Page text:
Speed kills not only in sports but also in tech


The term “Speed Kills” is commonly used in sports analogies when someone has been put at an obvious disadvantage during an event. I am a fan of the NFL and its common to hear someone say, “man, he got burnt” which means that one player has left another a few steps behind as he strides into the end zone.

A 15 second search of Twitter shows evidence to back up my statement.

In the Start up world raising Venture capital is referred to as a means of speeding up the process to success. The reason being is that raising money allows you access to resources such as developers, marketing budget and mentors (providing you get the right investors). In the Internet culture, lots of information is shared freely. The pro here is that there are resources available for nearly any topic and those resources are growing. However, there are con’s also. One of those con’s is that noise also known as spam, crappy sales sites for poor quality products or fraudulent sites also grow in number.

True Story

Back when I was working inside of the cubicle in an office, I attended one of many face-to-face meetings about a software project that was coming down the pike. At the end of this meeting, my manager said, now all you have to do is a little research and you should be ready to send out a presentation to the organization. It should be easy because you guys have the Internet. It’s not like the old days. Now keep in mind that he was only about 40 himself but had not grown up with the Internet in the way that I had. My response to him was, yes there is a lot of information at our finger tips today but there is also a downside. We have to spend a lot of time filtering the good useful valuable data from the noise.

Now back to the topic. Earlier this year I wrote about knowing the value of your time. Later in the year I read a good post by Amy Hoy about people who value their time and how they would spend money on otherwise freely available information because it saves them time. I certainly share that opinion. Patio11 did a podcast where this topics comes up as well. He says:

I’ve learned that, especially when you’re talking in a B2B context, this: Anyone who has employees, and accordingly must pay salaries every two weeks regardless of what they are doing, is literally incapable of finding things for free on the Internet.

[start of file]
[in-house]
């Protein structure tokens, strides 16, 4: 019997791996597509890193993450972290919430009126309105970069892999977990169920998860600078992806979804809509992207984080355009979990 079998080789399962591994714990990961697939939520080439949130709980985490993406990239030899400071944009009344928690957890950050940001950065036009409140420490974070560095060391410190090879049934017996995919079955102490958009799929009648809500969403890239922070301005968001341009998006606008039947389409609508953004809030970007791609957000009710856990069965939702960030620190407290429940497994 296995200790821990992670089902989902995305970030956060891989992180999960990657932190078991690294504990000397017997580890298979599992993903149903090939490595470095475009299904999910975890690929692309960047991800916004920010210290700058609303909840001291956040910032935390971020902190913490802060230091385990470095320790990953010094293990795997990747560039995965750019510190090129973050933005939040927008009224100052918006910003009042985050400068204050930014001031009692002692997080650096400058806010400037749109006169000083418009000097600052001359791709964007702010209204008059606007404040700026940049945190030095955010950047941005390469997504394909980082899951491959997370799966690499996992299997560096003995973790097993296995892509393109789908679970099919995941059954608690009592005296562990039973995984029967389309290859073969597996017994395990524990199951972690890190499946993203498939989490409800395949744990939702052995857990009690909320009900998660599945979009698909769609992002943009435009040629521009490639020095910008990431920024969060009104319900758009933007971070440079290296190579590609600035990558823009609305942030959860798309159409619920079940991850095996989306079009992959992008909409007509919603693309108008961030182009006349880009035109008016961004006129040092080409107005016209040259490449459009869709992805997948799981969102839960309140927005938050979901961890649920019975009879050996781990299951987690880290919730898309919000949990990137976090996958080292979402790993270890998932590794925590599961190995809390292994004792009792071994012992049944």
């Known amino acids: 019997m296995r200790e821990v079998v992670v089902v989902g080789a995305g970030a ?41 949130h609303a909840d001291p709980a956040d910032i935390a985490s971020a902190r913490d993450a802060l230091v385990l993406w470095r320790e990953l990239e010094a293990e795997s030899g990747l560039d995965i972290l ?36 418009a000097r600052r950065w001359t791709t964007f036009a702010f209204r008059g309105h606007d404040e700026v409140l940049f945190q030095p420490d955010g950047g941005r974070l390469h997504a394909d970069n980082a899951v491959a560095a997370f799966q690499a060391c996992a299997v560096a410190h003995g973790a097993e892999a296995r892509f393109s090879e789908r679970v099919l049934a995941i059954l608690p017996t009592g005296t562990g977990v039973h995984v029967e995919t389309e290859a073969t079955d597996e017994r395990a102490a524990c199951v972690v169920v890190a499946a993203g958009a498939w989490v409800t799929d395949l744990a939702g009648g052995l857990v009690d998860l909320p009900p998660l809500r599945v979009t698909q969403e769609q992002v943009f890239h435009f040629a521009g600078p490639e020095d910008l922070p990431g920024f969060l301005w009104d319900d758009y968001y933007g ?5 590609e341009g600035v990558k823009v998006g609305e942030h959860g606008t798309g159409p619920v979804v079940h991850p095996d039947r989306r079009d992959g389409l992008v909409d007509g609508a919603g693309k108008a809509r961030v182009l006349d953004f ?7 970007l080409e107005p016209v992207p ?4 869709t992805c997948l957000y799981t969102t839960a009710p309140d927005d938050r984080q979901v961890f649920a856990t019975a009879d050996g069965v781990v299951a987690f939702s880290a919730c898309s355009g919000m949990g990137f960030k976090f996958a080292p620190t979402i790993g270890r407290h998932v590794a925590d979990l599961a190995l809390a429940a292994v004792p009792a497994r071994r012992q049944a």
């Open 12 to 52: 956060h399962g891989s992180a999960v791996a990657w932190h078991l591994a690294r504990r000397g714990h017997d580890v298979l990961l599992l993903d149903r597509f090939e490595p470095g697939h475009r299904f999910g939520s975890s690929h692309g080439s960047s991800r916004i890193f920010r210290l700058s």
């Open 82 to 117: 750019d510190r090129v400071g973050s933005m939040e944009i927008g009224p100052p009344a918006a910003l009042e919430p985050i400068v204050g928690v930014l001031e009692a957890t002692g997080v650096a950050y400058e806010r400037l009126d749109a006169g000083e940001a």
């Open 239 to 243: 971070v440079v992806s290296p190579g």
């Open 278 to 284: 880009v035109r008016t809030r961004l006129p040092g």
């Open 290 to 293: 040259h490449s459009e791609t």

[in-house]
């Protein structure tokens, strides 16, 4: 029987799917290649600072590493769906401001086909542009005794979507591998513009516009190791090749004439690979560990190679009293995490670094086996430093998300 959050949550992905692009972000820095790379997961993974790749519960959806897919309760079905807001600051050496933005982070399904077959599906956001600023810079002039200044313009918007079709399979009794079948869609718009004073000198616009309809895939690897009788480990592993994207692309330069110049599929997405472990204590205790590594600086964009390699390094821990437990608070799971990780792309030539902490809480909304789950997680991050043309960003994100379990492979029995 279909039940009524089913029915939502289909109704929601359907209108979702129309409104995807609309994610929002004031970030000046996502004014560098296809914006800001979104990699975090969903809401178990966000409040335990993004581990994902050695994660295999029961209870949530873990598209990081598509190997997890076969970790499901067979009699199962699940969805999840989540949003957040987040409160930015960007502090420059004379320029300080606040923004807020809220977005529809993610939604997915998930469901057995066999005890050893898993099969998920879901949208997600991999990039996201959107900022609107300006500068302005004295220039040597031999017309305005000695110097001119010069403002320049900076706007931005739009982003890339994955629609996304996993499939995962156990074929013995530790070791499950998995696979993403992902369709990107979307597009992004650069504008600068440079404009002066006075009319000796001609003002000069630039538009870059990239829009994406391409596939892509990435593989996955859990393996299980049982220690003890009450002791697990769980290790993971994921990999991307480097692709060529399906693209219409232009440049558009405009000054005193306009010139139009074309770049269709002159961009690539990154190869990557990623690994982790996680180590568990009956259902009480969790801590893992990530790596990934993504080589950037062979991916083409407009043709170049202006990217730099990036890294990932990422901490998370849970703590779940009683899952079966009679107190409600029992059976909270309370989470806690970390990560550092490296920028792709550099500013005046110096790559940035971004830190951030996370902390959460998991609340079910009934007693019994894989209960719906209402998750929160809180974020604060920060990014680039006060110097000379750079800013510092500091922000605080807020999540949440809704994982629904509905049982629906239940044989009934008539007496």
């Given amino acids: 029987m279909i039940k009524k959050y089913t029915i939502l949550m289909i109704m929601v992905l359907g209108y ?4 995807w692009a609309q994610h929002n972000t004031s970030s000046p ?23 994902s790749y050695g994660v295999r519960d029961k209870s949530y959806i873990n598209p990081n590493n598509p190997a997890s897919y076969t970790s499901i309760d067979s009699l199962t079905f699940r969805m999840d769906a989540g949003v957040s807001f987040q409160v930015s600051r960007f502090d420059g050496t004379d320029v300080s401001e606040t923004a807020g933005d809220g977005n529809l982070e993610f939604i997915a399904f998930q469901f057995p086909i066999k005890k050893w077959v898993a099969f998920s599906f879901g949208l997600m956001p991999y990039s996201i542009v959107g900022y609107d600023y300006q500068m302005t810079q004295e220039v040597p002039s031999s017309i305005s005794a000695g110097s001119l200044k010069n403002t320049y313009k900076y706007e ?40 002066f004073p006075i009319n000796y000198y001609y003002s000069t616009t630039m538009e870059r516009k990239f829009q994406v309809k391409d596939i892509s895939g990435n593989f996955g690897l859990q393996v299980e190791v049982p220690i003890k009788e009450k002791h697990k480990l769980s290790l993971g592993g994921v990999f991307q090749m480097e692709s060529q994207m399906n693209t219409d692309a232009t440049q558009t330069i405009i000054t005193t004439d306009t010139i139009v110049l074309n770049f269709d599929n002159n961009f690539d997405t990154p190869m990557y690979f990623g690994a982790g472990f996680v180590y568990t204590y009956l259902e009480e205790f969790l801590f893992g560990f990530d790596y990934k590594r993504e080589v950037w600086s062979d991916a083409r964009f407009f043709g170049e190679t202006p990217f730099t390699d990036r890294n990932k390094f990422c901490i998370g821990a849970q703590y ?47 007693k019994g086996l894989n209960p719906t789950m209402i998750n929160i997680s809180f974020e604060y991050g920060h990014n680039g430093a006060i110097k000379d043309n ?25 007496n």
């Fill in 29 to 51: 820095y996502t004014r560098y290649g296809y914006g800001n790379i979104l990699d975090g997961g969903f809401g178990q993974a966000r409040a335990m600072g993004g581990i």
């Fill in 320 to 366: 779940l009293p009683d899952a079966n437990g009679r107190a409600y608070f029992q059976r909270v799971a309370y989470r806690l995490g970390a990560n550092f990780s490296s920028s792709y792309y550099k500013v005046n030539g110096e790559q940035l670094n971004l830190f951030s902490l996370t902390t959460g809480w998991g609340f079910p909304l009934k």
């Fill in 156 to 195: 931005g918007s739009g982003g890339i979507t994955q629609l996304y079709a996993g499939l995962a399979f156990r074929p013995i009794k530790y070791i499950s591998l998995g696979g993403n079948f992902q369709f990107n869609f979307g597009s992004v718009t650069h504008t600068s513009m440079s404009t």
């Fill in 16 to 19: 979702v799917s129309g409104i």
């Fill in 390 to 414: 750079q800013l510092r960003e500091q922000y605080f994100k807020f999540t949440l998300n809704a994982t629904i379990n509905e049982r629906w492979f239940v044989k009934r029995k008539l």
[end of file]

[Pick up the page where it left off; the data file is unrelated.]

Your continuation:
Because if you tell one of your lead engineers to spend two weeks researching a topic, and you pay them $10,000, regardless of whether the blog post they were reading were “free,” creates a lot of value to a curated topic, and gives them resources of a known quality and an easy digestible format.

Rather than having them have to spelunk and do the curation step themselves, or do the, “Before I actually get to doing the work that I’m supposed to doing, I’m designing this web application or writing this email campaign, I have to first design a curriculum to teach myself that, and I will take my own curriculum, warts and all, and then I will do the implementation, and then we will actually get back to selling the thing that makes this business run.”

Once upon a time years ago, I would go out of my way to avoid paying for information on the Internet. I had amassed a large collection of technical (physical) books from bookstores and wasn’t about to return to that level of spending for information if I didn’t have to. To me it made more sense to collect links to blogs, message boards, free ebooks, websites, etc.  Then I would piece them all together to learn a specific topic. It worked and I learned a lot of valuable things. It took time but I enjoyed spending time on the Internet so it really didn’t matter.

What I began to realize as I moved forward in my career and life was that time is one of the most valuable assets that exist in the world. It’s limited, and if used wisely can be very beneficial. I began to look at the time that I could save by purchasing information that had been curated and bundled into convenient packages such as ebooks and membership only sites as investments.

Additionally, I still use  a ton of free resources but I tend to focus much more time on resources and communities that are designed to reduce search times through methods such as heavy moderation of content, up voting functions and identity verification. A few examples of such sites that I use personally are; Stackoverflow, quora and Google with personalized search (signing into Google is required).

The results have been a tremendous amount of time saved. Which translates into  much more time for business task that help move me forward and family.


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